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The European Perinatal Health Report: comparing the health and care of pregnant women and newborn babies in Europe
  1. Jennifer Zeitlin1,
  2. Ashna Mohangoo2,
  3. Marina Cuttini3
  1. 1
    INSERM, UMR S953, IFR 69, Epidemiological Research Unit on Perinatal Health and Women’s and Children’s Health; UPMC Univ Paris6, Paris, France
  2. 2
    TNO Quality of Life, Department of Prevention and Care, Section on Reproduction and Perinatology, Leiden, The Netherlands
  3. 3
    Unit of Epidemiology, Ospedale Pediatrico Bambino Gesù, Rome, Italy
  1. Correspondence to Dr J Zeitlin, Unit for Epidemiological Research on Perinatal and Women’s and Children’s Health, INSERM U953, 82 avenue Denfert-Rochereau, 75014 Paris, France; jennifer.zeitlin{at}

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In December 2008, the EURO-PERISTAT project launched the first European Perinatal Health Report. This presents and comments on indicators of perinatal health and care derived from routine statistical data in 25 EU member states and Norway.1 The report is part of the EU Health Programme for health surveillance and reporting. It also includes chapters from three other European projects with perinatal data: Surveillance of Cerebral Palsy in Europe (SCPE), European Surveillance of Congenital Anomalies (Eurocat) and European Neonatal Information System (Euroneostat).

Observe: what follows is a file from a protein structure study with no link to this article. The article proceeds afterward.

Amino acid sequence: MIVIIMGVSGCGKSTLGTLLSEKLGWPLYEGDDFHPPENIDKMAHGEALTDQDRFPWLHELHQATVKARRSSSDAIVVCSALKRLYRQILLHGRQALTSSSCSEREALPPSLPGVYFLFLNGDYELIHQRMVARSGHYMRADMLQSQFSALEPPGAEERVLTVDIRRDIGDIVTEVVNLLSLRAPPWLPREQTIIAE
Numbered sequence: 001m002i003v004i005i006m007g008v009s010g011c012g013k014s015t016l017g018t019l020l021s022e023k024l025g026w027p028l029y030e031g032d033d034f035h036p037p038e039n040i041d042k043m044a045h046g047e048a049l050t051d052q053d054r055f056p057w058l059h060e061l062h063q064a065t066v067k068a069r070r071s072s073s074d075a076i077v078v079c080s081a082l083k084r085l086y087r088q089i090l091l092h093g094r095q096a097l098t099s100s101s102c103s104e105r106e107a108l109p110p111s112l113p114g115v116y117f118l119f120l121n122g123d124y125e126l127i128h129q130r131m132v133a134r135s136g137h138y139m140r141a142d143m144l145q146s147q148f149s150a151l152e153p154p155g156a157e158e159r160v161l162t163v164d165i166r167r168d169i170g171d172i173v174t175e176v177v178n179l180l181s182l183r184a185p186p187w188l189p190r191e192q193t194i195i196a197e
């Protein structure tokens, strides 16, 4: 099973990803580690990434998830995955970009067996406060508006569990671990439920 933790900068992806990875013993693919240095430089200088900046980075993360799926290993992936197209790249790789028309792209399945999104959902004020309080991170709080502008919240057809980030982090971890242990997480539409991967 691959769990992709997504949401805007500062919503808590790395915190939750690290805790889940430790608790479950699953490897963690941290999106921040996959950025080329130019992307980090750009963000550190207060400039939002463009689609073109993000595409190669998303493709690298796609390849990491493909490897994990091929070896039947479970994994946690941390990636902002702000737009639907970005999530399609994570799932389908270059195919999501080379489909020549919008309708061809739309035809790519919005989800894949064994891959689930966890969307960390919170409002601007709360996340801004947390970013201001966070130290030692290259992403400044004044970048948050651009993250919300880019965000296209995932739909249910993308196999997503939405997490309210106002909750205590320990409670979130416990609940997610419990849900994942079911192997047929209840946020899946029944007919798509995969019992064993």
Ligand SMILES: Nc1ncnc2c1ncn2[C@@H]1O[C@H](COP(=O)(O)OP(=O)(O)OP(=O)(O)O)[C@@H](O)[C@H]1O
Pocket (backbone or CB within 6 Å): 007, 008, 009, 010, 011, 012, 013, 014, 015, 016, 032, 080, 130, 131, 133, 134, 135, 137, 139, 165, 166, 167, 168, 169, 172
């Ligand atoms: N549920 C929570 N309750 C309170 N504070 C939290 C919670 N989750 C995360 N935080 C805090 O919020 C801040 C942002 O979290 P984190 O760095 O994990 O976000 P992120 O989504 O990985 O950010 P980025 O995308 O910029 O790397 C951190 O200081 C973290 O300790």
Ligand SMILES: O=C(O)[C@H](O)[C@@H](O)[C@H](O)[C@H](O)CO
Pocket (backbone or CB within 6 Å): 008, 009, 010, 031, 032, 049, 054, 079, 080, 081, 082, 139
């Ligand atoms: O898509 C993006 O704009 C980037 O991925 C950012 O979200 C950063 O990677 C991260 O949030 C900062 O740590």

Maternal and infant mortality have reached historic lows in Europe, but pregnancy and delivery still represent significant risks for women and their babies. Mortality during birth and the first month is higher than in any other period of life excluding old age. Over the years, stillbirth rates have decreased to a lesser extent than neonatal and infant mortality, and their causes remain largely unknown.2 Maternal deaths are rare but tragic events, particularly because a significant proportion of these deaths are associated with substandard care.3

Preterm birth and low birthweight form a stable if not increasing proportion of all births, and the scope for prevention has lagged behind developments in care.4 Their adverse effects extend from increased mortality to long-term physical, neurological and cognitive impairment, representing significant burdens for the children and their families, and a challenge for health and social services.5 Even in the absence of overt impairments, there is growing evidence that health in the perinatal period affects adult health. Babies born too small because of …

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